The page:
Robb Davis: “In a December 15 report to Council, City staff demonstrated that we are under spending on critical infrastructure and programs by over $10 million on an annual (ongoing) basis. That is $10 million every year. This is for things we already have (not new things), including bike paths, streets, sidewalks, park structures, pools, tennis courts, traffic signals, our urban forest, playgrounds, irrigation systems and city building maintenance.”
Robb Davis: “In addition to paying for the necessary maintenance of things we already have, staff also presented a list of ‘one time’ expenses to do ‘new’ things such as upgrade city buildings, update financial systems, build new pools, renovate City Hall and fire stations, improve street conditions around the Richards interchange and Anderson Road, and pay for a much needed update to our General Plan. In addition to the $10 million per year, the one-time price tag on all these ‘new’ items is just under $95 million.”
Vanguard: The good news is that the city finally was able to plug $12 million into a two-year effort to improve our roads. The bad news is that is $12 million out of at least a $100 million hole. And, as Robb Davis shows, we have a huge and growing deficit with $10 million a year of underfunding on critical infrastructure. This isn’t something that can necessarily wait as the costs of deferring maintenance continue to drive that cost up. This isn’t a half full/half empty approach – Dan Wolk is ignoring the elephant in the room while focusing on the roses the elephant is about to trample beneath its enormous feet. The worst part is that Mayor Wolk lays no ground work for a fiscal measure to produce revenue here – and the prospects for a revenue measure have dropped precipitously since December 15.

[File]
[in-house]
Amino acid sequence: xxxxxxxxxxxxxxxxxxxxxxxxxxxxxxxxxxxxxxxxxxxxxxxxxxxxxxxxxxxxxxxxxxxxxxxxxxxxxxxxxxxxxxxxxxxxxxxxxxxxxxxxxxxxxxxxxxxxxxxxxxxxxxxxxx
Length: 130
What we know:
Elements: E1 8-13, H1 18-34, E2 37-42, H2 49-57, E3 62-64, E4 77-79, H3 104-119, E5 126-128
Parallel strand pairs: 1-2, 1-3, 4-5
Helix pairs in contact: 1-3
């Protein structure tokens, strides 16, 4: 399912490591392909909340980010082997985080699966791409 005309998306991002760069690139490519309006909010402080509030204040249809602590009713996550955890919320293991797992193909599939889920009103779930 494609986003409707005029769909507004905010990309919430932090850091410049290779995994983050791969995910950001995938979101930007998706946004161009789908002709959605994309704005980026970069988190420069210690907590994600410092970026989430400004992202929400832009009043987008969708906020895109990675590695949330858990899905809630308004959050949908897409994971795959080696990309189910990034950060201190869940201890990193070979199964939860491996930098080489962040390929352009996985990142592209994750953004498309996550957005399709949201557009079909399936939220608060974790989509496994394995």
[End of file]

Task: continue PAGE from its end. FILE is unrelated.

Dan Wolk: “Our budget is balanced and resilient.”
Robb Davis: “Employee compensation is a large part of these operating expenses. In relation to staffing and compensation we must deal with a situation in which all the following are true: Staff numbers have been cut by over 100 in the past decade (453 to 352); The cost of compensating staff has increased from just over $100,000 to over $150,000 per employee in the same decade; But…The vast majority of staff in the city has seen the amount of their take-home check decrease over the past five years, principally due to increased employee contributions for healthcare insurance and pensions.